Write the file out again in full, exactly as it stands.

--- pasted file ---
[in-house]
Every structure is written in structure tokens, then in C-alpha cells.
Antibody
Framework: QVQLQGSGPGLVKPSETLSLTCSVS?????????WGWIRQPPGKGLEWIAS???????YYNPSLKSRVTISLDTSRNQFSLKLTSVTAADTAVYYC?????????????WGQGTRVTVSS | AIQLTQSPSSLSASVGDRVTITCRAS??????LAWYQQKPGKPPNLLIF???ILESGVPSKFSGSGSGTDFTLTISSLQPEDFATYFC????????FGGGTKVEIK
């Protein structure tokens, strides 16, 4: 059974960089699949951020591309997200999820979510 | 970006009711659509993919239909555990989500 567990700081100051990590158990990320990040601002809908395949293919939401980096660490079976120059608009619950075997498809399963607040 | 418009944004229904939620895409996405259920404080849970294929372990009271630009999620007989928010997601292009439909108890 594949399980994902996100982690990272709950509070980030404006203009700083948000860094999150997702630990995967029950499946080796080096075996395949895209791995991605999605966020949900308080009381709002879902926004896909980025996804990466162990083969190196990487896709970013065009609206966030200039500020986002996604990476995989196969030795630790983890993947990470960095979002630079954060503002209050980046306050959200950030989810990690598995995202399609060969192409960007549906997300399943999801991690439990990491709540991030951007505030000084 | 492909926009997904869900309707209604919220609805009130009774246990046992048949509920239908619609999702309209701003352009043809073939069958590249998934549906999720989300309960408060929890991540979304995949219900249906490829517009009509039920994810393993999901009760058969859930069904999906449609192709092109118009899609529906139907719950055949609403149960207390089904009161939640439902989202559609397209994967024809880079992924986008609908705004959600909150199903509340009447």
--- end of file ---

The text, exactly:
[in-house]
Every structure is written in structure tokens, then in C-alpha cells.
Antibody
Framework: QVQLQGSGPGLVKPSETLSLTCSVS?????????WGWIRQPPGKGLEWIAS???????YYNPSLKSRVTISLDTSRNQFSLKLTSVTAADTAVYYC?????????????WGQGTRVTVSS | AIQLTQSPSSLSASVGDRVTITCRAS??????LAWYQQKPGKPPNLLIF???ILESGVPSKFSGSGSGTDFTLTISSLQPEDFATYFC????????FGGGTKVEIK
């Protein structure tokens, strides 16, 4: 059974960089699949951020591309997200999820979510 | 970006009711659509993919239909555990989500 567990700081100051990590158990990320990040601002809908395949293919939401980096660490079976120059608009619950075997498809399963607040 | 418009944004229904939620895409996405259920404080849970294929372990009271630009999620007989928010997601292009439909108890 594949399980994902996100982690990272709950509070980030404006203009700083948000860094999150997702630990995967029950499946080796080096075996395949895209791995991605999605966020949900308080009381709002879902926004896909980025996804990466162990083969190196990487896709970013065009609206966030200039500020986002996604990476995989196969030795630790983890993947990470960095979002630079954060503002209050980046306050959200950030989810990690598995995202399609060969192409960007549906997300399943999801991690439990990491709540991030951007505030000084 | 492909926009997904869900309707209604919220609805009130009774246990046992048949509920239908619609999702309209701003352009043809073939069958590249998934549906999720989300309960408060929890991540979304995949219900249906490829517009009509039920994810393993999901009760058969859930069904999906449609192709092109118009899609529906139907719950055949609403149960207390089904009161939640439902989202559609397209994967024809880079992924986008609908705004959600909150199903509340009447």